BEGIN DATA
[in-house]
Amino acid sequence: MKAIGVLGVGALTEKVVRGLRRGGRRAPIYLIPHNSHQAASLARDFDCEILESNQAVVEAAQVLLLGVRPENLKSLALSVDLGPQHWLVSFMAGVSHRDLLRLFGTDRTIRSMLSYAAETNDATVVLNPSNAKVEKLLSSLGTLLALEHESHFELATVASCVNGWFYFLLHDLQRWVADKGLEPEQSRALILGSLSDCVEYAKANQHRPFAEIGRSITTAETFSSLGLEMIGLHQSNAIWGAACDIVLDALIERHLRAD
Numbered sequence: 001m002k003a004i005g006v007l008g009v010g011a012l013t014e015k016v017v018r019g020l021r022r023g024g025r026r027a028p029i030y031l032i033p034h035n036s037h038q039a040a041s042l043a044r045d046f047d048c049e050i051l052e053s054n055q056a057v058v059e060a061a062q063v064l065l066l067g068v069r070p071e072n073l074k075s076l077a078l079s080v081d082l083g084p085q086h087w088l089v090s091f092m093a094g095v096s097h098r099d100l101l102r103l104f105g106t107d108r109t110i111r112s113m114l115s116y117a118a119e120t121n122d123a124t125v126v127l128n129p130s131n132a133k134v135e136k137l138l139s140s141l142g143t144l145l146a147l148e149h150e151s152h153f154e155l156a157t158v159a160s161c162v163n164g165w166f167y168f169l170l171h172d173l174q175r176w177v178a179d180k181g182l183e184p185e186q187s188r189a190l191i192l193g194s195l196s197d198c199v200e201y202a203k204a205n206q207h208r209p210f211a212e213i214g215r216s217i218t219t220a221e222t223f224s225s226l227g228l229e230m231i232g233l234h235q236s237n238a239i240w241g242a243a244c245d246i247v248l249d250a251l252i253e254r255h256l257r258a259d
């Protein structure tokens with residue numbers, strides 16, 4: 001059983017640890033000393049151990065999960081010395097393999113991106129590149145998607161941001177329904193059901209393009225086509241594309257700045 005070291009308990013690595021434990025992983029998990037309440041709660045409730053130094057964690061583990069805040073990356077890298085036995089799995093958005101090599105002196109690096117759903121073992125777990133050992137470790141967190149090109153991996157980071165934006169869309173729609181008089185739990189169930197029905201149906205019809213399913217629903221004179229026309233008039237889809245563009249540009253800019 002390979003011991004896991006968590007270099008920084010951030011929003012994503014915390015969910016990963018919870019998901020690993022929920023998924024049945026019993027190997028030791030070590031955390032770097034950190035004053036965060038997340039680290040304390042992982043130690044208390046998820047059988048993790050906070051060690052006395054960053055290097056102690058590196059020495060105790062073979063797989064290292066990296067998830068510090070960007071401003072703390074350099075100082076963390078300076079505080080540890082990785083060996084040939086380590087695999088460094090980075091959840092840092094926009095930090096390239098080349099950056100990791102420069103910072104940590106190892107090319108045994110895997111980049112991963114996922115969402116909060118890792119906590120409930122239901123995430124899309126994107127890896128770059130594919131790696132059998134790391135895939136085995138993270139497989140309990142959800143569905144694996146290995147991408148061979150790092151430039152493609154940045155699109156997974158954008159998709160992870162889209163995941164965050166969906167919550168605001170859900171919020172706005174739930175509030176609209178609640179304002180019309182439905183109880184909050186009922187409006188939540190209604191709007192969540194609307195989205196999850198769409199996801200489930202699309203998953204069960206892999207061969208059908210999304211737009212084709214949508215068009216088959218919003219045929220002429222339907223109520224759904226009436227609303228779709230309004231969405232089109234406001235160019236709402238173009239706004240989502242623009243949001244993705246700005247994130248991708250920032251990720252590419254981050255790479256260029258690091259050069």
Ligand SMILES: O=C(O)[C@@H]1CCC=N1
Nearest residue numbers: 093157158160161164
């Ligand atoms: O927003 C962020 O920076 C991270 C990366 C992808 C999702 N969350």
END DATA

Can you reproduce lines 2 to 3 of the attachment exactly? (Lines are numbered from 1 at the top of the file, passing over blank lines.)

Amino acid sequence: MKAIGVLGVGALTEKVVRGLRRGGRRAPIYLIPHNSHQAASLARDFDCEILESNQAVVEAAQVLLLGVRPENLKSLALSVDLGPQHWLVSFMAGVSHRDLLRLFGTDRTIRSMLSYAAETNDATVVLNPSNAKVEKLLSSLGTLLALEHESHFELATVASCVNGWFYFLLHDLQRWVADKGLEPEQSRALILGSLSDCVEYAKANQHRPFAEIGRSITTAETFSSLGLEMIGLHQSNAIWGAACDIVLDALIERHLRAD
Numbered sequence: 001m002k003a004i005g006v007l008g009v010g011a012l013t014e015k016v017v018r019g020l021r022r023g024g025r026r027a028p029i030y031l032i033p034h035n036s037h038q039a040a041s042l043a044r045d046f047d048c049e050i051l052e053s054n055q056a057v058v059e060a061a062q063v064l065l066l067g068v069r070p071e072n073l074k075s076l077a078l079s080v081d082l083g084p085q086h087w088l089v090s091f092m093a094g095v096s097h098r099d100l101l102r103l104f105g106t107d108r109t110i111r112s113m114l115s116y117a118a119e120t121n122d123a124t125v126v127l128n129p130s131n132a133k134v135e136k137l138l139s140s141l142g143t144l145l146a147l148e149h150e151s152h153f154e155l156a157t158v159a160s161c162v163n164g165w166f167y168f169l170l171h172d173l174q175r176w177v178a179d180k181g182l183e184p185e186q187s188r189a190l191i192l193g194s195l196s197d198c199v200e201y202a203k204a205n206q207h208r209p210f211a212e213i214g215r216s217i218t219t220a221e222t223f224s225s226l227g228l229e230m231i232g233l234h235q236s237n238a239i240w241g242a243a244c245d246i247v248l249d250a251l252i253e254r255h256l257r258a259d